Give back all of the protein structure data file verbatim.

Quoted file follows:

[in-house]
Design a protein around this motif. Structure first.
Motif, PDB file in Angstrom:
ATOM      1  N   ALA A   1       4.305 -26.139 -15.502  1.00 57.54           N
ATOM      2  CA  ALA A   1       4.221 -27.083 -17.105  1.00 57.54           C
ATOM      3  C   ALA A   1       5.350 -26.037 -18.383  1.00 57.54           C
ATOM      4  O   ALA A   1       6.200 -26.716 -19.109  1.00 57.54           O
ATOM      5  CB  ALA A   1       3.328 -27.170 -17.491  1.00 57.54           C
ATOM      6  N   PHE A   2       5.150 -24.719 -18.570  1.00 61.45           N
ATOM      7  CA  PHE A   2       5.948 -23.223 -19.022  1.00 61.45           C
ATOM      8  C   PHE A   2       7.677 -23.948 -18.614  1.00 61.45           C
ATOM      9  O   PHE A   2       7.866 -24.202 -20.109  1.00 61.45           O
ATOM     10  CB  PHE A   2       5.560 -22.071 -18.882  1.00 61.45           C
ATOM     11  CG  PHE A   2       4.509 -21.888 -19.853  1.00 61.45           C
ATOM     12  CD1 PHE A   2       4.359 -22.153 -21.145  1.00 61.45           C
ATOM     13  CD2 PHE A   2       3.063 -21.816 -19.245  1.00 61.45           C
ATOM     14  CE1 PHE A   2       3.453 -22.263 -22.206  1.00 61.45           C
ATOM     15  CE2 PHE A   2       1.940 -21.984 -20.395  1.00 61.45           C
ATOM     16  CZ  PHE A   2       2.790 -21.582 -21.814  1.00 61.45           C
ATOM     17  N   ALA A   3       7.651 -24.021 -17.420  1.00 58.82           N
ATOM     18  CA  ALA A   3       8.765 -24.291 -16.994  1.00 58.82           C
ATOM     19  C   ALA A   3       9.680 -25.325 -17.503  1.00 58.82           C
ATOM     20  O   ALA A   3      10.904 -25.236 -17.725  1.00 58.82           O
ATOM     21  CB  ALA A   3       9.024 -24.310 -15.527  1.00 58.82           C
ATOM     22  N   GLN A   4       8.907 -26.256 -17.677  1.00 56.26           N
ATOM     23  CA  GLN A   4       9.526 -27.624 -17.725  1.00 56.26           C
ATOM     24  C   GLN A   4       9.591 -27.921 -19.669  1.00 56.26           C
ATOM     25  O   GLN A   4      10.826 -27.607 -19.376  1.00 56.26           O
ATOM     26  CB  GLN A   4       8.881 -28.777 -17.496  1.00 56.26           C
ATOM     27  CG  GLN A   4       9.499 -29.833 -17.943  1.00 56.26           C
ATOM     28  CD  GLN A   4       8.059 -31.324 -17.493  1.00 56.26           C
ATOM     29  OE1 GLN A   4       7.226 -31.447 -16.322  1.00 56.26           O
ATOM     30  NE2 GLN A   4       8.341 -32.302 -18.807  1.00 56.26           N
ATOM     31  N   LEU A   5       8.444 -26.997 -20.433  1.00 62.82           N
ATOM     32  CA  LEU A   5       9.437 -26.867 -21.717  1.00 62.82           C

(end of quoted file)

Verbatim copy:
[in-house]
Design a protein around this motif. Structure first.
Motif, PDB file in Angstrom:
ATOM      1  N   ALA A   1       4.305 -26.139 -15.502  1.00 57.54           N
ATOM      2  CA  ALA A   1       4.221 -27.083 -17.105  1.00 57.54           C
ATOM      3  C   ALA A   1       5.350 -26.037 -18.383  1.00 57.54           C
ATOM      4  O   ALA A   1       6.200 -26.716 -19.109  1.00 57.54           O
ATOM      5  CB  ALA A   1       3.328 -27.170 -17.491  1.00 57.54           C
ATOM      6  N   PHE A   2       5.150 -24.719 -18.570  1.00 61.45           N
ATOM      7  CA  PHE A   2       5.948 -23.223 -19.022  1.00 61.45           C
ATOM      8  C   PHE A   2       7.677 -23.948 -18.614  1.00 61.45           C
ATOM      9  O   PHE A   2       7.866 -24.202 -20.109  1.00 61.45           O
ATOM     10  CB  PHE A   2       5.560 -22.071 -18.882  1.00 61.45           C
ATOM     11  CG  PHE A   2       4.509 -21.888 -19.853  1.00 61.45           C
ATOM     12  CD1 PHE A   2       4.359 -22.153 -21.145  1.00 61.45           C
ATOM     13  CD2 PHE A   2       3.063 -21.816 -19.245  1.00 61.45           C
ATOM     14  CE1 PHE A   2       3.453 -22.263 -22.206  1.00 61.45           C
ATOM     15  CE2 PHE A   2       1.940 -21.984 -20.395  1.00 61.45           C
ATOM     16  CZ  PHE A   2       2.790 -21.582 -21.814  1.00 61.45           C
ATOM     17  N   ALA A   3       7.651 -24.021 -17.420  1.00 58.82           N
ATOM     18  CA  ALA A   3       8.765 -24.291 -16.994  1.00 58.82           C
ATOM     19  C   ALA A   3       9.680 -25.325 -17.503  1.00 58.82           C
ATOM     20  O   ALA A   3      10.904 -25.236 -17.725  1.00 58.82           O
ATOM     21  CB  ALA A   3       9.024 -24.310 -15.527  1.00 58.82           C
ATOM     22  N   GLN A   4       8.907 -26.256 -17.677  1.00 56.26           N
ATOM     23  CA  GLN A   4       9.526 -27.624 -17.725  1.00 56.26           C
ATOM     24  C   GLN A   4       9.591 -27.921 -19.669  1.00 56.26           C
ATOM     25  O   GLN A   4      10.826 -27.607 -19.376  1.00 56.26           O
ATOM     26  CB  GLN A   4       8.881 -28.777 -17.496  1.00 56.26           C
ATOM     27  CG  GLN A   4       9.499 -29.833 -17.943  1.00 56.26           C
ATOM     28  CD  GLN A   4       8.059 -31.324 -17.493  1.00 56.26           C
ATOM     29  OE1 GLN A   4       7.226 -31.447 -16.322  1.00 56.26           O
ATOM     30  NE2 GLN A   4       8.341 -32.302 -18.807  1.00 56.26           N
ATOM     31  N   LEU A   5       8.444 -26.997 -20.433  1.00 62.82           N
ATOM     32  CA  LEU A   5       9.437 -26.867 -21.717  1.00 62.82           C